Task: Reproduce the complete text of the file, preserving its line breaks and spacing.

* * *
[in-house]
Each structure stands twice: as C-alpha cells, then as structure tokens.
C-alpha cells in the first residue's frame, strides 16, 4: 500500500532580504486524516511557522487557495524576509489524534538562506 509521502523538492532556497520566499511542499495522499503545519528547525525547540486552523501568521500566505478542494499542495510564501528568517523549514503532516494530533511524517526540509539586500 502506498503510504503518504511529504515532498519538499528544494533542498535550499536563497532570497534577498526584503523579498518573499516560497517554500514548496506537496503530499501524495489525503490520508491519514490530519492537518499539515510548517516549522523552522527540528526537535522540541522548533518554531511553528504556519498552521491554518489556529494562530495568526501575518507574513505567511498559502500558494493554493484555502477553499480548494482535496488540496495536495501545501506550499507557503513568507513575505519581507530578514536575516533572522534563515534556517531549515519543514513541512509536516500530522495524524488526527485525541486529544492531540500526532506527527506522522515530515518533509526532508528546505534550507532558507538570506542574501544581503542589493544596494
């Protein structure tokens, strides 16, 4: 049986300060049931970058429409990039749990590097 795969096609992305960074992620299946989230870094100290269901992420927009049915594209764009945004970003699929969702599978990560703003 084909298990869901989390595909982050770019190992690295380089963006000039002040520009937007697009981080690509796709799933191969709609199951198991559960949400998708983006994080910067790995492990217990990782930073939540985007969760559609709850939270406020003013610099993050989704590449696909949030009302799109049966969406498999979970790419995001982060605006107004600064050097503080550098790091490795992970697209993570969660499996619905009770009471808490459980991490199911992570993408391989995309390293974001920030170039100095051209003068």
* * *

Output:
[in-house]
Each structure stands twice: as C-alpha cells, then as structure tokens.
C-alpha cells in the first residue's frame, strides 16, 4: 500500500532580504486524516511557522487557495524576509489524534538562506 509521502523538492532556497520566499511542499495522499503545519528547525525547540486552523501568521500566505478542494499542495510564501528568517523549514503532516494530533511524517526540509539586500 502506498503510504503518504511529504515532498519538499528544494533542498535550499536563497532570497534577498526584503523579498518573499516560497517554500514548496506537496503530499501524495489525503490520508491519514490530519492537518499539515510548517516549522523552522527540528526537535522540541522548533518554531511553528504556519498552521491554518489556529494562530495568526501575518507574513505567511498559502500558494493554493484555502477553499480548494482535496488540496495536495501545501506550499507557503513568507513575505519581507530578514536575516533572522534563515534556517531549515519543514513541512509536516500530522495524524488526527485525541486529544492531540500526532506527527506522522515530515518533509526532508528546505534550507532558507538570506542574501544581503542589493544596494
């Protein structure tokens, strides 16, 4: 049986300060049931970058429409990039749990590097 795969096609992305960074992620299946989230870094100290269901992420927009049915594209764009945004970003699929969702599978990560703003 084909298990869901989390595909982050770019190992690295380089963006000039002040520009937007697009981080690509796709799933191969709609199951198991559960949400998708983006994080910067790995492990217990990782930073939540985007969760559609709850939270406020003013610099993050989704590449696909949030009302799109049966969406498999979970790419995001982060605006107004600064050097503080550098790091490795992970697209993570969660499996619905009770009471808490459980991490199911992570993408391989995309390293974001920030170039100095051209003068």